Phytophthora cactorum causing bleeding canker of common beech, horse chestnut, and white poplar in the Czech Republic
1 Silva Tarouca Research Institute for Landscape and Ornamental Gardening (RILOG), Kvetnove nam. 391, 25243 Pruhonice, Czech Republic
2 Faculty of Forestry and Wood Technology (FFWT), Mendel University of Agriculture and Forestry in Brno, Zemedelska 3, 61300 Brno, Czech Republic
Accepted: 30 Jun 2008
In 2007, declining mature trees common beech (Fagus sylvatica), horse chestnut (Aesculus hippocastanum), and white poplar (Populus alba) with bleeding cankers were found in several locations in Central Bohemia region. We acquired many similar Phytophthora isolates from the diseased tissues. Their morphological and cultural characteristics were consistent with those of P. cactorum (Erwin & Ribeiro, 1996). The colonies were stellate to rosaceous, adpressed with slight aerial mycelium on V8 agar. Radial growth was 8-14 mm/day at 20 °C. Optimum growth temperature was 23-25 °C, minimum 6-8 °C and maximum 30-33 °C. Strains were homothallic, produced abundant terminal, smooth-walled, spherical oogonia (20-35 μm in diameter), oospores plerotic or nearly plerotic, 22-31 μm in diameter, oospore wall 1.0-2.2 μm thick. Antheridia were paragynous, but amphigynous antheridia occurred at any rate (up to 25%). Sporangiophores were sympodial, sporangia ellipsoidal, ovoid to subglobose, papillate, measured 17-38 × 14-30 μm (L:B ratio 1.05-1.80). Comparison of DNA sequences of ITS region of representative strains from all hosts (GenBank Acc. Nos. EU562207 - EU562209) confirmed the 99 % identity to P. cactorum. Strains were deposited at Culture Collection of Fungi, Prague under CCF Nos. 3757, 3758, 3762.
The pathogenicity was tested using 20 1-year-old saplings of all three hosts. Wounds (5 mm diam.) on stems of ten saplings of each host were artificially inoculated by plugs of V8 agar from the actively growing colony margins of corresponding isolates and the wounds were sealed by Parafilm. The characteristic stem necroses developed after 1-2 weeks on all plants. Stems of many beech and horse chestnut saplings were girdled in two to three months but about 33% of poplars as well, with most poplar saplings forming callus and surviving the infection. The pathogen was successfully reisolated. The control plants inoculated in the same way with sterile agar plugs remained healthy.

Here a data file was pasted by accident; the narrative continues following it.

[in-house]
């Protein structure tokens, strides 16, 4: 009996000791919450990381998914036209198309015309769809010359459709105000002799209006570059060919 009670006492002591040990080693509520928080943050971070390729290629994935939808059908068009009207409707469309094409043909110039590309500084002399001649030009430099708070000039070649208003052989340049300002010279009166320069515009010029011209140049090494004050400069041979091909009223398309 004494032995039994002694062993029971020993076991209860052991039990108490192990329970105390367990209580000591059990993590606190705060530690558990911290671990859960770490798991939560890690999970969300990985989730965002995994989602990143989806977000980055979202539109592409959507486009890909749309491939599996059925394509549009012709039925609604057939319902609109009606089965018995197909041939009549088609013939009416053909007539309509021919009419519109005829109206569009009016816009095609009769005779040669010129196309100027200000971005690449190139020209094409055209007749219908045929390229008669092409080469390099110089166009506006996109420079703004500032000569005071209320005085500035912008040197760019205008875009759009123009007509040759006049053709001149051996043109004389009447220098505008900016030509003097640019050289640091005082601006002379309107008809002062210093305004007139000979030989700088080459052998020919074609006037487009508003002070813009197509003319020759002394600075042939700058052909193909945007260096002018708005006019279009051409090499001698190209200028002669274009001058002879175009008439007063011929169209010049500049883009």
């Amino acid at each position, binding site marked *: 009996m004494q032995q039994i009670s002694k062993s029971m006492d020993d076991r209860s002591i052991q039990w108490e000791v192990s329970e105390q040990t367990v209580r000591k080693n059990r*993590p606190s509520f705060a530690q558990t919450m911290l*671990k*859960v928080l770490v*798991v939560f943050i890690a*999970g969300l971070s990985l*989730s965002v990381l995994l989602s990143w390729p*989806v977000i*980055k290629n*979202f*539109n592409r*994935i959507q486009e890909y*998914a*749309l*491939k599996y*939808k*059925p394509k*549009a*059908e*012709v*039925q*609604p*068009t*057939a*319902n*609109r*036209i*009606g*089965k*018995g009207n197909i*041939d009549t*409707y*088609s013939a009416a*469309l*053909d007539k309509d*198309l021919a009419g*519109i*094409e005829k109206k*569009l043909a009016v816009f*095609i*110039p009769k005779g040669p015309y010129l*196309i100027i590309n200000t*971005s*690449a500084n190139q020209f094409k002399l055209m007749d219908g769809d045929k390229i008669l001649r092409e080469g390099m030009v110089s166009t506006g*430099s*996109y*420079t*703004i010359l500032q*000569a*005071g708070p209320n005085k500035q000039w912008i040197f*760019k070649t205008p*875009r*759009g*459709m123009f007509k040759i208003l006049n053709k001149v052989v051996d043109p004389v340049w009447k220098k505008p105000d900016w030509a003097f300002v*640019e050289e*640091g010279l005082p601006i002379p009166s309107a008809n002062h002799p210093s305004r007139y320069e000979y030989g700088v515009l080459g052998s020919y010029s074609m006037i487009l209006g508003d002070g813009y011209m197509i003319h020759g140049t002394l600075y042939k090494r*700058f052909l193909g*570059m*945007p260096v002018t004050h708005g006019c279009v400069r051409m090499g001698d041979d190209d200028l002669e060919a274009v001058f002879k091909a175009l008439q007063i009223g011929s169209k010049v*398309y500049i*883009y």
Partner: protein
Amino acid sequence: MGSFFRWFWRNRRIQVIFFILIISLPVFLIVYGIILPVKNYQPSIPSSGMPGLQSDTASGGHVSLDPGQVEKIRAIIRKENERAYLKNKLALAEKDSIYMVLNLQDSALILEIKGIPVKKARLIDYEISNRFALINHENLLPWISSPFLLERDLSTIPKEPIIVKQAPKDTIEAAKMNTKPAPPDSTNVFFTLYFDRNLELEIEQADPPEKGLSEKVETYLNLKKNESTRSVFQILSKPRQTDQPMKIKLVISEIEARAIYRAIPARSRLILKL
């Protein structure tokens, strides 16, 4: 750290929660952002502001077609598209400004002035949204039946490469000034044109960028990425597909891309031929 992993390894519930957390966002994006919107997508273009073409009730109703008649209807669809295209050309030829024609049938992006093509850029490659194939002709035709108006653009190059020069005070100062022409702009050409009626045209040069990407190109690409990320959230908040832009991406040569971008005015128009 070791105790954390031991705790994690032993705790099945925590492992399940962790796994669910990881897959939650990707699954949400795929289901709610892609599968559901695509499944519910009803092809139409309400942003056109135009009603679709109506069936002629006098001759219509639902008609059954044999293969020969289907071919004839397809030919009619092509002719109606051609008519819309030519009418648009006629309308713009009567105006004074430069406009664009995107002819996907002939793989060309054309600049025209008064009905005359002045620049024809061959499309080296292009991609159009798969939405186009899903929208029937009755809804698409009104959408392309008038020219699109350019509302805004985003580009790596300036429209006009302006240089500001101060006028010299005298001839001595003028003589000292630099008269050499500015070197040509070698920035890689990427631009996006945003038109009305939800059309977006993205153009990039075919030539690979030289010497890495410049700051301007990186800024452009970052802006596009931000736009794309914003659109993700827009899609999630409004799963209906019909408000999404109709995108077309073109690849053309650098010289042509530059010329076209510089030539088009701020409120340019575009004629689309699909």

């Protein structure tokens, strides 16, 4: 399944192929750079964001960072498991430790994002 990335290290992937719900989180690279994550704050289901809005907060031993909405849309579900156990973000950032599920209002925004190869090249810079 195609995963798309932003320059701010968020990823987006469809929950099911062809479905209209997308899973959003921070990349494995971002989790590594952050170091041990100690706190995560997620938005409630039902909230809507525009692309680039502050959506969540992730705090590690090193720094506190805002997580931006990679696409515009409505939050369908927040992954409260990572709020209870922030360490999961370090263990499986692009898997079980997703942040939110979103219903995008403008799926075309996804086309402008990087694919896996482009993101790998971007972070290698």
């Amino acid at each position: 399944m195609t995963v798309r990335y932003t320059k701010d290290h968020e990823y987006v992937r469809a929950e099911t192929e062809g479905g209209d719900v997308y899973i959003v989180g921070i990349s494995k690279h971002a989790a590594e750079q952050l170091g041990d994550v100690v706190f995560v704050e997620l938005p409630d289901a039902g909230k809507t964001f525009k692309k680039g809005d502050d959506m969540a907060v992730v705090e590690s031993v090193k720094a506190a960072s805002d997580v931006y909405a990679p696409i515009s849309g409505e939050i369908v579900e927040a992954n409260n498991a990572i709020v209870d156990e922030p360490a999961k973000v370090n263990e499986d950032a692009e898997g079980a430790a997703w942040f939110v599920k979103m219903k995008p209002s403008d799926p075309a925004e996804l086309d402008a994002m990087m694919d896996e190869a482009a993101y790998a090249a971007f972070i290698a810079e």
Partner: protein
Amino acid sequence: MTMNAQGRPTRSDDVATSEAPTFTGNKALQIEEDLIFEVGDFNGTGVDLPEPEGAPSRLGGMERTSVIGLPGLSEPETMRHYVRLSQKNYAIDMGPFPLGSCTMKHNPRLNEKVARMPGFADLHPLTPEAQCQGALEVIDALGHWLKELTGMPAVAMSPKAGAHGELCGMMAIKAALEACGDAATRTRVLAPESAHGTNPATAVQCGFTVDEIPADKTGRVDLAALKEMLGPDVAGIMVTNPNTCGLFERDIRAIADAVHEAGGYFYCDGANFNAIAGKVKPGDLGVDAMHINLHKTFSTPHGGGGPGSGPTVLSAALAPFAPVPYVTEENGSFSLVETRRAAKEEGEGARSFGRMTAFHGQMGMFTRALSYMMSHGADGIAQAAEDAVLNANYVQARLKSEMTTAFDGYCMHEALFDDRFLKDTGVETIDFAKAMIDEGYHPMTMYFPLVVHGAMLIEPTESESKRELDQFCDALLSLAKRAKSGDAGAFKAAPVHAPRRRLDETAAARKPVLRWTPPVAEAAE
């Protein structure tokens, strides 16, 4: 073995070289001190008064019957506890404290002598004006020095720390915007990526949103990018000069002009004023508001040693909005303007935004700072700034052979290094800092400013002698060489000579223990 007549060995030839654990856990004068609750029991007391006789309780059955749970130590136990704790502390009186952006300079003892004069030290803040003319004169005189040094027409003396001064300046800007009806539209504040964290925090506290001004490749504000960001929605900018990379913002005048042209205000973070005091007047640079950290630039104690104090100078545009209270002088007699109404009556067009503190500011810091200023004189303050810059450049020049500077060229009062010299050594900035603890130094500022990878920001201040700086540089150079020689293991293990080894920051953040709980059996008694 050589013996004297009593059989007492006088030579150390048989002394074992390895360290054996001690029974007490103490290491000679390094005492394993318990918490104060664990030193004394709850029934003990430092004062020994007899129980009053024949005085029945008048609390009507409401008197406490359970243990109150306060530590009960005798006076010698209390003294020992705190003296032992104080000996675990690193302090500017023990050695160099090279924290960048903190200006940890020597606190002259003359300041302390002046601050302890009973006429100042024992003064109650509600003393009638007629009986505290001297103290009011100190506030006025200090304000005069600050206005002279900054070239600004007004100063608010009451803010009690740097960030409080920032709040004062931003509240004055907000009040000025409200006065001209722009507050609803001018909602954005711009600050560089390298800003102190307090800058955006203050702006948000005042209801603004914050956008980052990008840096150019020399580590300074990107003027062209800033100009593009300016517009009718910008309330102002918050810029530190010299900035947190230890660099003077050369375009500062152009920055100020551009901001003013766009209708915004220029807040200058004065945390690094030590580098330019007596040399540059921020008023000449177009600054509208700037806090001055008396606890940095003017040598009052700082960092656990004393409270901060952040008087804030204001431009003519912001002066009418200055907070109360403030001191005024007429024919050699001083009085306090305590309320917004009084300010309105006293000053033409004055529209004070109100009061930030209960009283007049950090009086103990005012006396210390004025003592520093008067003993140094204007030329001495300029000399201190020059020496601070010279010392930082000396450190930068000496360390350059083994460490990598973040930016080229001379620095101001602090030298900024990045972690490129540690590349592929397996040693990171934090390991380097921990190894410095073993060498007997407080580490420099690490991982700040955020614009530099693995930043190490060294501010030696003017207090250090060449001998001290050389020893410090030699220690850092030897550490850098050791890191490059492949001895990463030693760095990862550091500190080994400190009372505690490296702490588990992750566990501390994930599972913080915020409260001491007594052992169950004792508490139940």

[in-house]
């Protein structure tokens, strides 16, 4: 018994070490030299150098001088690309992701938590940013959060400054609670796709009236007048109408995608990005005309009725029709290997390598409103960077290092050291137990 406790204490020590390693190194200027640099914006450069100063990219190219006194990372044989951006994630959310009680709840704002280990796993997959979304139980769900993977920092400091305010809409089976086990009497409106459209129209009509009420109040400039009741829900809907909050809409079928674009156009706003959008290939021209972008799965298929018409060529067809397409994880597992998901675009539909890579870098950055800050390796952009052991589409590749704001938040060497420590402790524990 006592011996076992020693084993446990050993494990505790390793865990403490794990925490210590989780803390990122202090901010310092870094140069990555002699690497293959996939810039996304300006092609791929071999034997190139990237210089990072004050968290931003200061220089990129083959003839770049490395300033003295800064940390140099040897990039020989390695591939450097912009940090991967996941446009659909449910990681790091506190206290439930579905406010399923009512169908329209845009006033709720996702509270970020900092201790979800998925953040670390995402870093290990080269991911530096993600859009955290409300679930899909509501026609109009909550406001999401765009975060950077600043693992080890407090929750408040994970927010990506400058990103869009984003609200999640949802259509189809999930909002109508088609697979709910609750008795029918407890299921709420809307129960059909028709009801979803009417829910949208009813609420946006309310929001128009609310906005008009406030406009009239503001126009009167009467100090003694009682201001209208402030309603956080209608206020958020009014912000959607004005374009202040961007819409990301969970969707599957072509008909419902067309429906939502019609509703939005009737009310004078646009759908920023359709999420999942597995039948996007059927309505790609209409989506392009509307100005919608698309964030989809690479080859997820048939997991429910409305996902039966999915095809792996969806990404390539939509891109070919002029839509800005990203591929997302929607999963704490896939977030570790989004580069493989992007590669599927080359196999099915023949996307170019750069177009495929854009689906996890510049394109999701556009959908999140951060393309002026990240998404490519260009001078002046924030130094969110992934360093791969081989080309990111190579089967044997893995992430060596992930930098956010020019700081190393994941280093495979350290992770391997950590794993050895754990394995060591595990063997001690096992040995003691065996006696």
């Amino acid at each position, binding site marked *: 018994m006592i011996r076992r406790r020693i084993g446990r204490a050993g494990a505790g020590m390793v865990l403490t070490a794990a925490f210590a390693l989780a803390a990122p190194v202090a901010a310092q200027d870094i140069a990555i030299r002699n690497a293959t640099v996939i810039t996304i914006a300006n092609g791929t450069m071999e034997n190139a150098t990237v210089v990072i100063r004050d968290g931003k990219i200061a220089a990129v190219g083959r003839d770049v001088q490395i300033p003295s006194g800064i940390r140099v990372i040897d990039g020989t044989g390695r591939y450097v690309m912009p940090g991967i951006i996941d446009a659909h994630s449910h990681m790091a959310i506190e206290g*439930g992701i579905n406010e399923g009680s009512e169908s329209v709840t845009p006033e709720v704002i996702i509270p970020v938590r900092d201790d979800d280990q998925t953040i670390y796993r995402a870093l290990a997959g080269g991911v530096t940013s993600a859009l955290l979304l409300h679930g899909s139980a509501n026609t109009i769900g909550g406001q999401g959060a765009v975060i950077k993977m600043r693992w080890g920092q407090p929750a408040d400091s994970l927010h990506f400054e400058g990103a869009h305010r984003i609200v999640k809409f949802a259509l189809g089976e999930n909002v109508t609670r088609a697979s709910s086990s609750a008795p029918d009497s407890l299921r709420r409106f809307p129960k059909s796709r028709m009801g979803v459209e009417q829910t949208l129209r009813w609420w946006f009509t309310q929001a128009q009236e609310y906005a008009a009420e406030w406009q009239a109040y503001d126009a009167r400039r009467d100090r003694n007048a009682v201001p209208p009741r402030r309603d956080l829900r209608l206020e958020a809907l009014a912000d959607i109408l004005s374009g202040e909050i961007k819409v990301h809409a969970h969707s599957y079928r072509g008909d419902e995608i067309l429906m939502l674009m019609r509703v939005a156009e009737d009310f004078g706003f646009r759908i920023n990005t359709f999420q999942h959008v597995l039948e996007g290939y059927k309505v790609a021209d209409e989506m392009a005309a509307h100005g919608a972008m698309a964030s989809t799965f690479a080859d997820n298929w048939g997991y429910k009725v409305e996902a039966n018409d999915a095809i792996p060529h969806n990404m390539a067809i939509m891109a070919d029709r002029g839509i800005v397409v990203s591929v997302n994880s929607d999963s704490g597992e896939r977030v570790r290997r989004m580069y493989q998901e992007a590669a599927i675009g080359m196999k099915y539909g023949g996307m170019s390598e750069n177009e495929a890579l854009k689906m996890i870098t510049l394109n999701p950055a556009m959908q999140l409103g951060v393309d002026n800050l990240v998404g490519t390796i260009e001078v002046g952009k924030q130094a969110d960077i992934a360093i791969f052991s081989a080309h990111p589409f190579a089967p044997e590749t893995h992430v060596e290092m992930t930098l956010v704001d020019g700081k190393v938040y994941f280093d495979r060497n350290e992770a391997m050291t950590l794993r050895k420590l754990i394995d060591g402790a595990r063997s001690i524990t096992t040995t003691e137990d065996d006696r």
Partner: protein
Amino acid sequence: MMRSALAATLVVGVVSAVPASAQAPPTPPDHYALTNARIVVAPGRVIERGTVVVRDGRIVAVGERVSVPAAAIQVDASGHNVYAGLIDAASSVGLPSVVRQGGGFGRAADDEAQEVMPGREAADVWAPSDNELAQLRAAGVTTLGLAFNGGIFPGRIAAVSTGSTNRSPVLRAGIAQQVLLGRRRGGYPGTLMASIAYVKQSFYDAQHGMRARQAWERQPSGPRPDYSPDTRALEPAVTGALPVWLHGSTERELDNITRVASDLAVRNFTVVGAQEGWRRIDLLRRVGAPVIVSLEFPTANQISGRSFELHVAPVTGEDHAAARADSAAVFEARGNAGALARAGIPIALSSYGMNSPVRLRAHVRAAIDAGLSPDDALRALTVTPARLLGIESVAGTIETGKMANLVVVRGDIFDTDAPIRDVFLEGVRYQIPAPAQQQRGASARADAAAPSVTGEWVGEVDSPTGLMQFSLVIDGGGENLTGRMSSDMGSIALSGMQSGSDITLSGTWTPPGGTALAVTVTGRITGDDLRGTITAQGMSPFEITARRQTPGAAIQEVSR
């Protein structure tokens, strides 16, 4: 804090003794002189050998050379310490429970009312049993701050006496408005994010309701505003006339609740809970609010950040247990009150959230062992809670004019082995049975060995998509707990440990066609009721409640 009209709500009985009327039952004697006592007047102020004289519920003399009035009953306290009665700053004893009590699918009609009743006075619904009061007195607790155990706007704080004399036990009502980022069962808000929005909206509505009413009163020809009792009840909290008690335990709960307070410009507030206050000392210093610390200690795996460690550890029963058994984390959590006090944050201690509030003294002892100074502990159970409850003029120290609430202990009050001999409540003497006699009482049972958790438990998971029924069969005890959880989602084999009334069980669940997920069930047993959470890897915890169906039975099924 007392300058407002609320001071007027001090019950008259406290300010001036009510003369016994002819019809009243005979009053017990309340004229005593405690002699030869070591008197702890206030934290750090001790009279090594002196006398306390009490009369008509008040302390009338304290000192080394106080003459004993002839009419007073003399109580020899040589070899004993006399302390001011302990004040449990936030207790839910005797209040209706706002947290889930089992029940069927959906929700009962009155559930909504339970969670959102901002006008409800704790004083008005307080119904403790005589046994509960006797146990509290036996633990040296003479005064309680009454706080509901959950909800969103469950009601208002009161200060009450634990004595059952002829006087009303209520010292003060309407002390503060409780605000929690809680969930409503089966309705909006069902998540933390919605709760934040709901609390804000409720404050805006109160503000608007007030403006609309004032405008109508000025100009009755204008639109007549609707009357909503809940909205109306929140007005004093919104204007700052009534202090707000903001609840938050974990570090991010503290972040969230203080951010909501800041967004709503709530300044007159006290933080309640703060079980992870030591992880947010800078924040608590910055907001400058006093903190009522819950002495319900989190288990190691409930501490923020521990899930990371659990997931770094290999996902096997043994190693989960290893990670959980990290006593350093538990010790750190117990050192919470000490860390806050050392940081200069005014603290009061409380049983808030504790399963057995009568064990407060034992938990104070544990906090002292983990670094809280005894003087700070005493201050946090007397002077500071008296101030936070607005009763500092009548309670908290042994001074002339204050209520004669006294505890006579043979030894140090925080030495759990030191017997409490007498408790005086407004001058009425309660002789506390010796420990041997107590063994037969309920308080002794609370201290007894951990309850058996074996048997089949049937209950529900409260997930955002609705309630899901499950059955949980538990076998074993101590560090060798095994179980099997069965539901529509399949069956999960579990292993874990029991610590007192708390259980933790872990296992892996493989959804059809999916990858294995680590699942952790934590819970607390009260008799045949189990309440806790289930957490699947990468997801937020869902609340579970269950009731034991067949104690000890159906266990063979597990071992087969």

P. cactorum is well known pathogen of beech and horse chestnut (Brasier & Strouts, 1976; Jung et al., 2005), but we have not found any information about incidence of P. cactorum on any poplar species. This is the first report of P. cactorum causing bleeding canker of common beech and horse chestnut in the Czech Republic and probably the first report of it on white poplar in the world.
This work was supported by project no. QH71723 of the Ministry of Agriculture of the Czech Republic.
- Brasier CM, Strouts RG, 1976. New records of Phytophthora on trees in Britain. I. Phytoρhthora root rot and bleeding canker of horse chestnut (Aesculus hippocostanum L.). Forest Pathology 6, 129-36.
- Jung T, Hudler GW, Jensen-Tracy SL, Griffiths HM, Fleischmann F, Osswald W, 2005. Involvement of Phytophthora species in the decline of European beech in Europe and the USA. Mycologist 19, 159-66.
- Erwin DC, Ribeiro OK, 1996. Phytophthora Diseases Worldwide. St Paul, MN, USA: American Phytopathological Society.
This report was formally published in Plant Pathology
©2008 The Authors